• Messenger is similar. It has a number of the same characters (Mattie, Kira, Jonas, Kira's father, etc) and Jonas at one point alludes to his previous village and how the people there made peace with him after he left, but most of the plot focuses on the corruption of the new society that Jonas has built.
  • Isaac Asimov's Fantastic Voyage II: Destination Brain is a... complicated example. The name indicates that it is an actual sequel (which would disqualify it), but as it turns out it is essentially a remake: taking the basic concept of Fantastic Voyage (miniaturization technology as a potentially crucial part in the Cold War and an attempt to use it to save the life or knowledge of someone who has made a critical breakthrough but failed to communicate it before falling into a coma), and then writing his own story around it, free of the constraints he was acting under when he wrote the novelization to the movie and able to update the science to 1980s standards.
  • Glamorama is a Spiritual Successor in many ways to American Psycho. While Bret Easton Ellis has been accused of writing about the same subjects(shallow, drug addled rich people) over and over again, and frequently using over the top violence to satirize mindless consumerism, Glamorama has a very similar surreal style comparable to American Psycho that his other books don't have since they're more grounded in reality.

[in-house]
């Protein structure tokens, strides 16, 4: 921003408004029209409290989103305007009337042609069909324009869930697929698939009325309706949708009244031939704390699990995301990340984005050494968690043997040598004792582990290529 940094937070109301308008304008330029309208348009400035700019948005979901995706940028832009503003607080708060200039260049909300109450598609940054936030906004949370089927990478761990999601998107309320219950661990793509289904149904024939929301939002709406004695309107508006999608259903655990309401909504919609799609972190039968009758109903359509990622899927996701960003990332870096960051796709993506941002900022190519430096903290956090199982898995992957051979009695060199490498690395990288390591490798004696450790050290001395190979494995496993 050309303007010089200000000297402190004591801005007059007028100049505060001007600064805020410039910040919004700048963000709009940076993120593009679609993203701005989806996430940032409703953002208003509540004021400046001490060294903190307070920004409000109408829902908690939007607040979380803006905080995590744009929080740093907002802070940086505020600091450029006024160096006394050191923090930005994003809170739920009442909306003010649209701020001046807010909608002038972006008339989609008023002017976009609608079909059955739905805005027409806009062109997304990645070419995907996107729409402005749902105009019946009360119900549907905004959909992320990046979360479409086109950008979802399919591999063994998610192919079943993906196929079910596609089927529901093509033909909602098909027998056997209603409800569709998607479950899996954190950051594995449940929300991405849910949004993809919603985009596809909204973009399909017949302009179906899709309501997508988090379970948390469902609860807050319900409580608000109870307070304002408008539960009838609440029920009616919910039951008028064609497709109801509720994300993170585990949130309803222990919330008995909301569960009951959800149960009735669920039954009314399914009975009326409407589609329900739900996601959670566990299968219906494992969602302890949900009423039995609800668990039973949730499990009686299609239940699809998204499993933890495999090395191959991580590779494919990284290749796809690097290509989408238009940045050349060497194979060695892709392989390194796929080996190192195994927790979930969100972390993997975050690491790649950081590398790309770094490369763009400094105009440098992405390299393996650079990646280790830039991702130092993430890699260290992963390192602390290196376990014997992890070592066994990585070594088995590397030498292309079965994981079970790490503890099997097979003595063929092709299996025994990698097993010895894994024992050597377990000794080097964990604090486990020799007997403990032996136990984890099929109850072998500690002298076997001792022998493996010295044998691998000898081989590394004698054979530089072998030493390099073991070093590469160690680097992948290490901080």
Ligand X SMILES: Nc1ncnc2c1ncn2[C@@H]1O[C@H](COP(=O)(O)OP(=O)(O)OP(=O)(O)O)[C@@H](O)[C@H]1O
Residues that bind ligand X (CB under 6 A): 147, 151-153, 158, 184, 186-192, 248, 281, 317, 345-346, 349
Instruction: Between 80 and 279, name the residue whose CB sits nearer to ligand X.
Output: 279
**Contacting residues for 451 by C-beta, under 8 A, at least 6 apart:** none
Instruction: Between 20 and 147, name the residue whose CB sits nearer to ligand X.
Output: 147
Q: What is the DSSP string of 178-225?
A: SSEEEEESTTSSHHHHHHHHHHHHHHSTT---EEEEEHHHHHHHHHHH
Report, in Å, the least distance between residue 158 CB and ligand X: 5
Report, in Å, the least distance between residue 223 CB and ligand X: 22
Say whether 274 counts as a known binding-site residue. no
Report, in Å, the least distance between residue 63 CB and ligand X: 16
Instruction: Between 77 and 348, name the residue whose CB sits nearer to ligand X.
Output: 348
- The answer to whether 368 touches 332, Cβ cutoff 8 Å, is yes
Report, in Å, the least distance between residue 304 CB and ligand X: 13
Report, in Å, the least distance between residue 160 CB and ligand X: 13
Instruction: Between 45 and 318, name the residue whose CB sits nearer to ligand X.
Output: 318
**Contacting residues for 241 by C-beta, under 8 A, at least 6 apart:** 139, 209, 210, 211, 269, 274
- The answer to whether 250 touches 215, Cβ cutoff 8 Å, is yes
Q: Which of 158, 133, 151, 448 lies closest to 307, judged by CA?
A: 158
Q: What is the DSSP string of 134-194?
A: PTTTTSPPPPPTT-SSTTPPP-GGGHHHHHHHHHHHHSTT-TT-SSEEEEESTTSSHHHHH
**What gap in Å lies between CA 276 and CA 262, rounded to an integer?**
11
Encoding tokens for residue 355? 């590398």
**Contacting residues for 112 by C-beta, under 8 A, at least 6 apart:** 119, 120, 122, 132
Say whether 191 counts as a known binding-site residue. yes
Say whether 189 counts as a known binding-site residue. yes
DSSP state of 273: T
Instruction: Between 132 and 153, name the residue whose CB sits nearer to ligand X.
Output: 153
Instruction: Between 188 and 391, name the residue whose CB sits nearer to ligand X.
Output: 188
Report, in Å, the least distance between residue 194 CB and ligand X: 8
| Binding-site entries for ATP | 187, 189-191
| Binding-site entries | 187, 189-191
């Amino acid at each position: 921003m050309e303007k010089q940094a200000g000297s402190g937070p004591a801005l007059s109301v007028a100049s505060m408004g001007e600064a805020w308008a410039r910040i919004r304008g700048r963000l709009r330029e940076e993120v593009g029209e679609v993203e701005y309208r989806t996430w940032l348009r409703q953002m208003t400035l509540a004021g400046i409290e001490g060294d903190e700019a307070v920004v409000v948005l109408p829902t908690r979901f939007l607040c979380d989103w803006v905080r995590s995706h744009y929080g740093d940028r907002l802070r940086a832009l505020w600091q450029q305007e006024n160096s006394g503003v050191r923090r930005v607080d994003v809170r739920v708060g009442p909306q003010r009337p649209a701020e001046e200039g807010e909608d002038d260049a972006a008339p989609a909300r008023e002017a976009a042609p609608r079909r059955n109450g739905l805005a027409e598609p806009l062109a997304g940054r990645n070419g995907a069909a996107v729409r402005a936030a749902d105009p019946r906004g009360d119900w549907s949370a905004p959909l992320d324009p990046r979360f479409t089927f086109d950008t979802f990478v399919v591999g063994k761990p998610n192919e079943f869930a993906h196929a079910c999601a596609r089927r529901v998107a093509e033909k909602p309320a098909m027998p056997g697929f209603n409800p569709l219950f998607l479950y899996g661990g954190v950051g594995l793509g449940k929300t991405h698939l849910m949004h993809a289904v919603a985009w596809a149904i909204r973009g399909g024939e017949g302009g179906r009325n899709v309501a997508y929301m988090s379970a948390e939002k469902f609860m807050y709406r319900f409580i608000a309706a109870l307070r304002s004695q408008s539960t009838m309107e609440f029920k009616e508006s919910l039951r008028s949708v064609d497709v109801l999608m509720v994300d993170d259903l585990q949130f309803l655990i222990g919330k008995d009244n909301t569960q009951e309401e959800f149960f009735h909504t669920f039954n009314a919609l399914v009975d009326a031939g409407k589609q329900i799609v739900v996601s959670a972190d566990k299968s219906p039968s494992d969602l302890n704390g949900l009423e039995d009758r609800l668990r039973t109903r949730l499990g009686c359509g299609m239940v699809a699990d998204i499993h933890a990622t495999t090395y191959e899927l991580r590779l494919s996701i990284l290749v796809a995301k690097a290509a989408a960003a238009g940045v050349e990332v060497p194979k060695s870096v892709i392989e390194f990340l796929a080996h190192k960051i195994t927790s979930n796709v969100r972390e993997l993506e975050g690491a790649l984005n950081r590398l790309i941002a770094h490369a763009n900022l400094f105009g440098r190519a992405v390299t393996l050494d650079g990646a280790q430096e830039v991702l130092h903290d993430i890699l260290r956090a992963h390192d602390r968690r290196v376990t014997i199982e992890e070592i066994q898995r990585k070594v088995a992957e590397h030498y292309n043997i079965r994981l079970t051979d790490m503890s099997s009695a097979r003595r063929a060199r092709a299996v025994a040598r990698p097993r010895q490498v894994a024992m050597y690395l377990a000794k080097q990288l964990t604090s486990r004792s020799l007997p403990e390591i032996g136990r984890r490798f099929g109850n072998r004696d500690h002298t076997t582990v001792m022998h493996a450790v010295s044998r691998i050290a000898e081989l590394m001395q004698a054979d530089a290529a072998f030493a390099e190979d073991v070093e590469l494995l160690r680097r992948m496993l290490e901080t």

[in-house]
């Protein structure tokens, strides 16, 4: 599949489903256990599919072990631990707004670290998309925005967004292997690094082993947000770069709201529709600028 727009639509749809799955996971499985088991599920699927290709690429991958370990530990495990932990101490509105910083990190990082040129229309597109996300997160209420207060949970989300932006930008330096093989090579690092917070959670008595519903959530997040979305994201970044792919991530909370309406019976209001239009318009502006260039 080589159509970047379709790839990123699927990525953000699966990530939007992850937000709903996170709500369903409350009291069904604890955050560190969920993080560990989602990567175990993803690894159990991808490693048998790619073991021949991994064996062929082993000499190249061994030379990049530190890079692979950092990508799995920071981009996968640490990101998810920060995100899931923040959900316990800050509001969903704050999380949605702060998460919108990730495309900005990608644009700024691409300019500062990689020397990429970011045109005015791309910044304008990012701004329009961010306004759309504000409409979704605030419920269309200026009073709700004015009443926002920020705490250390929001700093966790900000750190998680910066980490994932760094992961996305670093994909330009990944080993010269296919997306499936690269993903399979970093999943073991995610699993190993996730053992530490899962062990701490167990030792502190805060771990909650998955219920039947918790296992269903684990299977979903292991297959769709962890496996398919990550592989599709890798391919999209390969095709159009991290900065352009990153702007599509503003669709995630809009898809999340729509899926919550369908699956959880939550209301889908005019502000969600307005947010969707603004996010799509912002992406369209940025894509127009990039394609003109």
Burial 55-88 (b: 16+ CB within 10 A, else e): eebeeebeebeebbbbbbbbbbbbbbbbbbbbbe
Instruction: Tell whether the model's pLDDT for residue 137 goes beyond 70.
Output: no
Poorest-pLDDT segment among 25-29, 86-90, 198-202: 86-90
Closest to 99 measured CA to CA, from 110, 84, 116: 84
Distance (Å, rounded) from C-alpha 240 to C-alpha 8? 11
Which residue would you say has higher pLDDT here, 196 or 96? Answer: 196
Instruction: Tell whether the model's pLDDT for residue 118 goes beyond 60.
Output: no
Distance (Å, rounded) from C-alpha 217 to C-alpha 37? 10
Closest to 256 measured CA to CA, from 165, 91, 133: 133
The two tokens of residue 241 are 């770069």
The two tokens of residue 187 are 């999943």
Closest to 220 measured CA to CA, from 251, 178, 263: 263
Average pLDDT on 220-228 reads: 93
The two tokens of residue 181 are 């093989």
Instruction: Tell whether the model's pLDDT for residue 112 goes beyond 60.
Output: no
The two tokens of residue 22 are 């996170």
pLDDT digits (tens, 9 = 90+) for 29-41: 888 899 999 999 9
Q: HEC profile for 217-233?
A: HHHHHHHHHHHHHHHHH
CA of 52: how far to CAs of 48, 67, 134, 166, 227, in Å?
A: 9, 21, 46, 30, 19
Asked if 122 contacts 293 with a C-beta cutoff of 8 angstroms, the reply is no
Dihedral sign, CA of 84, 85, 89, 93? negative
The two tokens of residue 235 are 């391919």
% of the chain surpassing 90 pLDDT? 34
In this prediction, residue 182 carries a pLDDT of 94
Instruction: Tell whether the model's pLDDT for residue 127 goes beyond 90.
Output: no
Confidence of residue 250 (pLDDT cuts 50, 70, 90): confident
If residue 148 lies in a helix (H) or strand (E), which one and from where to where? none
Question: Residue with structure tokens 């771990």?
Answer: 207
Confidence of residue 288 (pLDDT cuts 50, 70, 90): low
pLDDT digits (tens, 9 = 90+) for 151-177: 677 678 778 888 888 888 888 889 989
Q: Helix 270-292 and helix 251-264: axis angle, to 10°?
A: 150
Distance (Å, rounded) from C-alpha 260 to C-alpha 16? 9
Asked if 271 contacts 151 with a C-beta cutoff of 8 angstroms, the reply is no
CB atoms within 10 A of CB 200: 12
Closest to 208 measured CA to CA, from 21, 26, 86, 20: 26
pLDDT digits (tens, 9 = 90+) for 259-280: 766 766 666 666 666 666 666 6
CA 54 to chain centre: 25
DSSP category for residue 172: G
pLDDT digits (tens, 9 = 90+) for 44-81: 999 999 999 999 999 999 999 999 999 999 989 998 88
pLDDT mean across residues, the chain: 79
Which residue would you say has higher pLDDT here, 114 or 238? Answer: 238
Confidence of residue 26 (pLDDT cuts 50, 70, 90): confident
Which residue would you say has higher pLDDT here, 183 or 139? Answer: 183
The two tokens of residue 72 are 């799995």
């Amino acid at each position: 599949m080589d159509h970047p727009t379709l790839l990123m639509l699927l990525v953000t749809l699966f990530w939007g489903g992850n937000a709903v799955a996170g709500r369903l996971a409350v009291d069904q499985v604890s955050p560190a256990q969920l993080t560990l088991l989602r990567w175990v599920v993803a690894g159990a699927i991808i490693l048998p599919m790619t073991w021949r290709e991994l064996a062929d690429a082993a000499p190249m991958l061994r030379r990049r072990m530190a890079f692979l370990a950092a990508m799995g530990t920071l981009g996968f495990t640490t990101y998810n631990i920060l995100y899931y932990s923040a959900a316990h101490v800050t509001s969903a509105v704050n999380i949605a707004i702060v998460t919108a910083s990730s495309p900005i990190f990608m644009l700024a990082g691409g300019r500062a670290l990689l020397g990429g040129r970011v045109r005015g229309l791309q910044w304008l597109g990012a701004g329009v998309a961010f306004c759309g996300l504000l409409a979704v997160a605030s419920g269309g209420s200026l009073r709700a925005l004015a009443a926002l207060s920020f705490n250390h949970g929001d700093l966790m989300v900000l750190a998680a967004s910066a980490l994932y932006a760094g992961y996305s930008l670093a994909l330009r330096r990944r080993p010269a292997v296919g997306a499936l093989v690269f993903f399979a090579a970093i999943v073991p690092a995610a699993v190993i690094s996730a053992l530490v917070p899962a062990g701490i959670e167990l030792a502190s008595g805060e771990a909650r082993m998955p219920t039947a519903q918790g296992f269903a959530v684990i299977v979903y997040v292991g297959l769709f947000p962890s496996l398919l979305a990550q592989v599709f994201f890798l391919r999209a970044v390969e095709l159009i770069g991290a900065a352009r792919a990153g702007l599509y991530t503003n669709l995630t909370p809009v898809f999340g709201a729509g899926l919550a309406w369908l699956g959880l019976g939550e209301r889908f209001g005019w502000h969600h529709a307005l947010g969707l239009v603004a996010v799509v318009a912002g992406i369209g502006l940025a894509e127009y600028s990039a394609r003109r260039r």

• Warrior Cats:
    • The series has many similarities to The Book of the Named - so much that people were claiming that the Ratha series copied Warriors, until it was pointed out to them that Ratha's Creature was written in the 1980s and Into the Wild came out in 2003. They both start Partially Civilized Animal felines and have similar levels of Family-Unfriendly Violence.